Several recent incidents involving undocumented immigrant students in American schools have drawn conflicting responses from lawmakers on how the U.S. government should deal with such students, particularly when their illegal status becomes public.
On one end of the spectrum are U.S. Sen. Orrin G. Hatch and U.S. Rep. Christopher B. Cannon, both Republicans from Utah, who are sponsoring federal bills that would permit certain undocumented youths who were college-bound to gain legal residency.
On the other end is U.S. Rep. Tom Tancredo, R-Colo., who last month personally telephoned a U.S. Immigration and Naturalization Service official in Colorado, asking him to look into deporting an undocumented family that included a 17-year-old high school student who had advocated in the Denver Post that he be permitted to pay in-state college-tuition rates.
The students who would benefit from the proposed federal legislation appear to many Americans as an appealing bunch, observes Michael Fix, the director of immigrant studies for the Urban Institute, a Washington think tank.
“They’ve been here for some period of time and done what we expected them to do—they’ve graduated from high school, which a lot of their peers haven’t done,” he said. Yet, he added, “those sympathetic qualities have always been at war with the notion that the only people who should be here are people with consent.”
At least, said Mr. Fix, the question of whether undocumented children are entitled to a K-12 education has been settled. In Plyler v. Doe, the U.S. Supreme Court ruled in 1982 that undocumented children living in this country have a right to a free, public precollegiate education.
An estimated 65,000 undocumented students graduate from high school every year in the United States, according to the Urban Institute. Many of them, no matter how good their academic records, then run into difficulty in pursuing higher education. (“Talented, But Not Legal,” May 31, 2000.)
Despite the Supreme Court ruling two decades ago, asserts Luis Zayas, a lawyer in Fairview, N.J., Superintendent David C. Verducci of the 1,100-student Fairview school district denied five undocumented children the opportunity to go to school last month.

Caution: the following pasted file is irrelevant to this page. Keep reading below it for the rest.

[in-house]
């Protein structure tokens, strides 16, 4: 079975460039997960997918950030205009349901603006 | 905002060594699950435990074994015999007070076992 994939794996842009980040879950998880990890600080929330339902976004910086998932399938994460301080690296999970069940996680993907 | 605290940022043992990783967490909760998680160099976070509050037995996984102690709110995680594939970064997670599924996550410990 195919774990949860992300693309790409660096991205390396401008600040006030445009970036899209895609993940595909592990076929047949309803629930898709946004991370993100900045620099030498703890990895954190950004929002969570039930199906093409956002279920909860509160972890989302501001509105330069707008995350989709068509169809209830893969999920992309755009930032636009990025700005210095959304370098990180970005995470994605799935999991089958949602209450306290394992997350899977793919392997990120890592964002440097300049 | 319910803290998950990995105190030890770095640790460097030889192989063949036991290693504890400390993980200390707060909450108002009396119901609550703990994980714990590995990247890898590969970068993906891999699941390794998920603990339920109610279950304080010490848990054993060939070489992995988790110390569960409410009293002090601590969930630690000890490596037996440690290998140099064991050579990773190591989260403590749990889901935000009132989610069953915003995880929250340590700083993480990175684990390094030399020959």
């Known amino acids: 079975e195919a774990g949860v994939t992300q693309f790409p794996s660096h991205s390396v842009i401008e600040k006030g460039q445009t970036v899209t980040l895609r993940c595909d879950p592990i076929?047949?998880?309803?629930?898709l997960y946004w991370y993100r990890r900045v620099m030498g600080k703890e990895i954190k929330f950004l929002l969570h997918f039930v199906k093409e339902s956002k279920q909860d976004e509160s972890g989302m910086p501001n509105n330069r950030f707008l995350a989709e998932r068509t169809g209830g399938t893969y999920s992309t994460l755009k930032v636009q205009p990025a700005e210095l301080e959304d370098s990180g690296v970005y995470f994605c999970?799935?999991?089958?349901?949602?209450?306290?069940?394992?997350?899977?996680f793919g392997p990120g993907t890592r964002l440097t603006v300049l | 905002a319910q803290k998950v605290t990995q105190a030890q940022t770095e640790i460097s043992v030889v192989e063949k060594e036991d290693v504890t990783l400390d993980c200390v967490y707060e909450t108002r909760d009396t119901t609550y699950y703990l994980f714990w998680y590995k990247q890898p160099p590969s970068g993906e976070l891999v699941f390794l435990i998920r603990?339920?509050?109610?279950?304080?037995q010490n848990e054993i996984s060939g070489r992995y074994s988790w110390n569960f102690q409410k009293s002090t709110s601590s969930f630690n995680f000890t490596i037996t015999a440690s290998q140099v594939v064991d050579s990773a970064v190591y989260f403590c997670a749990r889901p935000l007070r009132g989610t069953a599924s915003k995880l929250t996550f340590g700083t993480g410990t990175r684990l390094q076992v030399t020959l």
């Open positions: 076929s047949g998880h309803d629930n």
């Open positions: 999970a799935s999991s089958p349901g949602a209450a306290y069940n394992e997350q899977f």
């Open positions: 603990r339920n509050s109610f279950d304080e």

Mr. Zayas, who is serving as a lawyer for the parents of the children were asked by the superintendent “point blank what their immigration status was in this country.”
Mr. Verducci, however, counters that he didn’t inquire about the immigrant status of anyone, but rather asked the parents, who are related and have the surname of Medrano, for the children’s identification. He was shown a passport with an expired visitor’s visa, he says.
After he expressed concern to the parents over the expired visa, he said, one parent also told him that her two children, who had been enrolled in one of Fairview’s elementary schools the previous school year, were undocumented.
“I told them point blank,” recalled Mr. Verducci, “I don’t know what my obligations are here. I don’t know if I should report this. I need to get some guidance on this.”
William L. Taylor, a civil rights lawyer in Washington, said the 1982 ruling makes clear that the superintendent’s duty was to keep the undocumented children in school. The ruling also made clear, he added, that “it was the federal government’s business, not the state’s business, to run immigration policy.”
Superintendent Verducci says he also told the parents that if they transferred to another school system, he wouldn’t feel bound to follow through on the matter.
But Mr. Zayas claims that Mr. Verducci threatened to report the family to the INS and forced them to remove their children from school. The family pulled their children out of school and didn’t re-enroll them until nearly three weeks later, on Sept. 23, after a New Jersey Department of Education official assured them they could return, Mr. Zayas said.
Meanwhile, in Phoenix, an immigration judge last week gave four students facing deportation to Mexico an extension of more than a year before they must appear in court, where they will argue that they deserve to stay in the United States. The four honor students, two of whom are now attending college on full scholarships, have lived in the United States since they were children.
U.S. border officials discovered the teenagers were undocumented when they attempted to cross the U.S.-Canadian border to visit Niagara Falls on a school field trip. They were visiting the area while competing in an international solar-boat competition.
Instead, they were detained for more than eight hours and then told to appear in an immigration court in their home city of Phoenix, according to the youths’ lawyer, Judy Flanagan.
“It was a very tense situation,” she said, relaying what the students told her. “They were fingerprinted and photographed—treated like criminals.” She plans to argue in court that due process was not followed in questioning.